“We've already seen big four bank ANZ publish its first climate change disclosures under the new regime. We expect many banks, insurers and asset managers to follow suit, as well as companies from the agricultural, transport, tourism and of course energy and mining sectors," he adds.
The key to implementing the TCFD's recommendations is the underlying processes to identify, measure, manage and mitigate climate risk, as well as strategies to take advantage of opportunities.
Says Paddam: “Once those processes are in place, with proper governance and oversight from the board, and regularly monitored metrics and targets, then disclosure under the standard is relatively straight forward.
“We have found the toughest challenge in companies implementing the TCFD has been the level of coordination required between different teams within the company. Full disclosure requires the finance, risk, strategy and products, and sustainability teams to work closely together in ways that they may not have done in the past."
Deloitte has highlighted three emerging issues CFOs can consider when formulating their approach to climate change considering the TCFD's recommendations.
The first is understanding and meeting stakeholder expectations.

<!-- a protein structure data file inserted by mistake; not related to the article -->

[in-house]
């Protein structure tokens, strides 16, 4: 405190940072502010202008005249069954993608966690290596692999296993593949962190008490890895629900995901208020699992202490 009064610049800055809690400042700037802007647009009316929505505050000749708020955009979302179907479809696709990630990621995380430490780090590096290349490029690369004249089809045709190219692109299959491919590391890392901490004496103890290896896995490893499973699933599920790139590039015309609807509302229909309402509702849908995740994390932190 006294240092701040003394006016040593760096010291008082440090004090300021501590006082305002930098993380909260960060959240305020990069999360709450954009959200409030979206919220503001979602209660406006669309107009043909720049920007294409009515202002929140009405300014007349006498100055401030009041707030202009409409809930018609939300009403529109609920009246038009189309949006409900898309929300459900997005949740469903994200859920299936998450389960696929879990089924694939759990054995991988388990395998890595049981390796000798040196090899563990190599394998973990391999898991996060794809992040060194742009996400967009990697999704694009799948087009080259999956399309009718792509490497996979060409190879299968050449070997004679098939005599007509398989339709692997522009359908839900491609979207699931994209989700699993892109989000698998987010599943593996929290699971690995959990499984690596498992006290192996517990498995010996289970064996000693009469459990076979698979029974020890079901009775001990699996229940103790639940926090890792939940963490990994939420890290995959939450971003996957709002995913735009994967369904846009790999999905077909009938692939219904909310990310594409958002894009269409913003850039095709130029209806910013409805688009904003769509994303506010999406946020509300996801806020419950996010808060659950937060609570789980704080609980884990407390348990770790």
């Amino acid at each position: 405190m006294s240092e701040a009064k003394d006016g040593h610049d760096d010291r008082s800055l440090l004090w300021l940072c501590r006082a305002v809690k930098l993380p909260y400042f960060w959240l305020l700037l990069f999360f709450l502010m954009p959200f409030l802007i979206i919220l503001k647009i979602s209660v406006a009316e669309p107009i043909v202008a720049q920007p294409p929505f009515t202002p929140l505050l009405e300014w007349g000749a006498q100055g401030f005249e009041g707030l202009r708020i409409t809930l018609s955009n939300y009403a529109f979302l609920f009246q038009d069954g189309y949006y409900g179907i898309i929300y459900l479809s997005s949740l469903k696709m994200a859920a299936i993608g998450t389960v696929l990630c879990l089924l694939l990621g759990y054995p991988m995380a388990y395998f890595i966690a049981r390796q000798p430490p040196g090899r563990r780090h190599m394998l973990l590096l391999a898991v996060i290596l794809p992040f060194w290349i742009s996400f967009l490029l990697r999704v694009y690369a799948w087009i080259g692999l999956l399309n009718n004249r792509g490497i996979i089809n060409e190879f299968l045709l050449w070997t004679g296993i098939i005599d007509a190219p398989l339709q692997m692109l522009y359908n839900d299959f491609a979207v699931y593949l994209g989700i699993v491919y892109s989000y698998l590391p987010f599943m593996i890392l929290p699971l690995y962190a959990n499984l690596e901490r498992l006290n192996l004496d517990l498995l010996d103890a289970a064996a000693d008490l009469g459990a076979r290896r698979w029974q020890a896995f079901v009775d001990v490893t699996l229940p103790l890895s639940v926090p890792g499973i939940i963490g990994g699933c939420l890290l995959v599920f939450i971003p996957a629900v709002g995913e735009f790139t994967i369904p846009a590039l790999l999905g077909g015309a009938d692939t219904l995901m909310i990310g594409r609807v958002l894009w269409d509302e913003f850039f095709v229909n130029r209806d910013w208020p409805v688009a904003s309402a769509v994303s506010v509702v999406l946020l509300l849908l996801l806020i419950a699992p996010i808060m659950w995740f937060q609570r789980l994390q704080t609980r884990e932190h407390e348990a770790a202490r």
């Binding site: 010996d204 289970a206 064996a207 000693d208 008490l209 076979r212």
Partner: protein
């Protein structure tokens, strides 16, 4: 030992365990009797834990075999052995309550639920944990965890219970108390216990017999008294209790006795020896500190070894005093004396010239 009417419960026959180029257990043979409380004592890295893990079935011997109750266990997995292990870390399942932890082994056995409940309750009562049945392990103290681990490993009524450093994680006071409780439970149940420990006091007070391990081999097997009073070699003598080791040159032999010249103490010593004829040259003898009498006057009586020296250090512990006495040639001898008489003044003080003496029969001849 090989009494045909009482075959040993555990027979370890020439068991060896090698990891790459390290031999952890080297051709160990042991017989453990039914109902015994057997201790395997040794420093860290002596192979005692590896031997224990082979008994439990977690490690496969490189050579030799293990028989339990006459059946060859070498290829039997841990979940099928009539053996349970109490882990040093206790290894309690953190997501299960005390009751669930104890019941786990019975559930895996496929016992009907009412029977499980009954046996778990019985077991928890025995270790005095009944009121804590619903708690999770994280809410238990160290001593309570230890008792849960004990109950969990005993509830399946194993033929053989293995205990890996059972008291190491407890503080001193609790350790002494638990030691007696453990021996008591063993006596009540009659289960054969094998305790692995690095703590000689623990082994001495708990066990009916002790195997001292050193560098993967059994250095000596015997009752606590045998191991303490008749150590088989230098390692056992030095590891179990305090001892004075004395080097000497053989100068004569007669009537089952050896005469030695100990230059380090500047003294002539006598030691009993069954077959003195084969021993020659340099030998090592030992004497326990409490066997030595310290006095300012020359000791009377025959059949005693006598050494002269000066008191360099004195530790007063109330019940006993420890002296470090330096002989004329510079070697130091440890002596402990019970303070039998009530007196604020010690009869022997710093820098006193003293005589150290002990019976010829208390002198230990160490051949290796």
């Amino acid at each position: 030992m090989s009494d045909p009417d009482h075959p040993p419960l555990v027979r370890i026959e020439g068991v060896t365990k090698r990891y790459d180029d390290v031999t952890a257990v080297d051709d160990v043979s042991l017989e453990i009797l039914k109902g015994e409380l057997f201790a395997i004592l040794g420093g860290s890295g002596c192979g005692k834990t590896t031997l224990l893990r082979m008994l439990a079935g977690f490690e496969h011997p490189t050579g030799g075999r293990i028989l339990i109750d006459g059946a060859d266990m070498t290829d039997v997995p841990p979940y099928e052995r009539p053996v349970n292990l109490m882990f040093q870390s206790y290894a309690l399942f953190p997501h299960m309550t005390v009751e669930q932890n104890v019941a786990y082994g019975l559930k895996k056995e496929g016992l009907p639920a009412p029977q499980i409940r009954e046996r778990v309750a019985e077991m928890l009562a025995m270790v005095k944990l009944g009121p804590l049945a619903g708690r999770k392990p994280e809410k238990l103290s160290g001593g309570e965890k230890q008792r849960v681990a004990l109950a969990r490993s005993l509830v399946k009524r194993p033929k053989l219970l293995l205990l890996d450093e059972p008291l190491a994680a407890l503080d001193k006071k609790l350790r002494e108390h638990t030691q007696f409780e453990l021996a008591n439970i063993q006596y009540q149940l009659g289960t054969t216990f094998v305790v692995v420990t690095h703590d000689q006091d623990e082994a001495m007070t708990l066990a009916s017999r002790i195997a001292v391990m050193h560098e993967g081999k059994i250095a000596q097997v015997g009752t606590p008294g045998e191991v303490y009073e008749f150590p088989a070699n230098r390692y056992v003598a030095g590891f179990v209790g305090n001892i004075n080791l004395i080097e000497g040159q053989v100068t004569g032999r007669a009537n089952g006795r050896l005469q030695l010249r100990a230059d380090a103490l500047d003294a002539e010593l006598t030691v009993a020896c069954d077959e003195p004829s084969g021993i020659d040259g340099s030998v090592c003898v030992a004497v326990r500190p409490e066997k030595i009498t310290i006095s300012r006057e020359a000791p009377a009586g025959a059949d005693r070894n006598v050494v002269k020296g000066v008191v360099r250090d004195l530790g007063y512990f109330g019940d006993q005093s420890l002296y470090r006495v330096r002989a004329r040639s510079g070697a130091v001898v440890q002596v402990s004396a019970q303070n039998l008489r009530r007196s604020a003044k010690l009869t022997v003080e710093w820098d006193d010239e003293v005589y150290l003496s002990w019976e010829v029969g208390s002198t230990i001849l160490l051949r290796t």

“Develop an appreciation of the information investors, regulators and ratings agencies need and the level of detail they require when assessing climate change impacts. Initially we expect companies to make very high-level disclosures but over time this will continue to increase as they compete for capital," Paddam explains.
The second issue is scenario testing. Under the TCFD's recommendations, companies are expected to disclose the impact of difference scenarios on their assets and liabilities and future cash flows.
“In many ways, this is a much more prospective view of a company's financials than in the past, and requires businesses to report on aspects of their operations that they may not have done before. Defining the scenarios and pathways to achieving climate change goals over time is critical," he adds.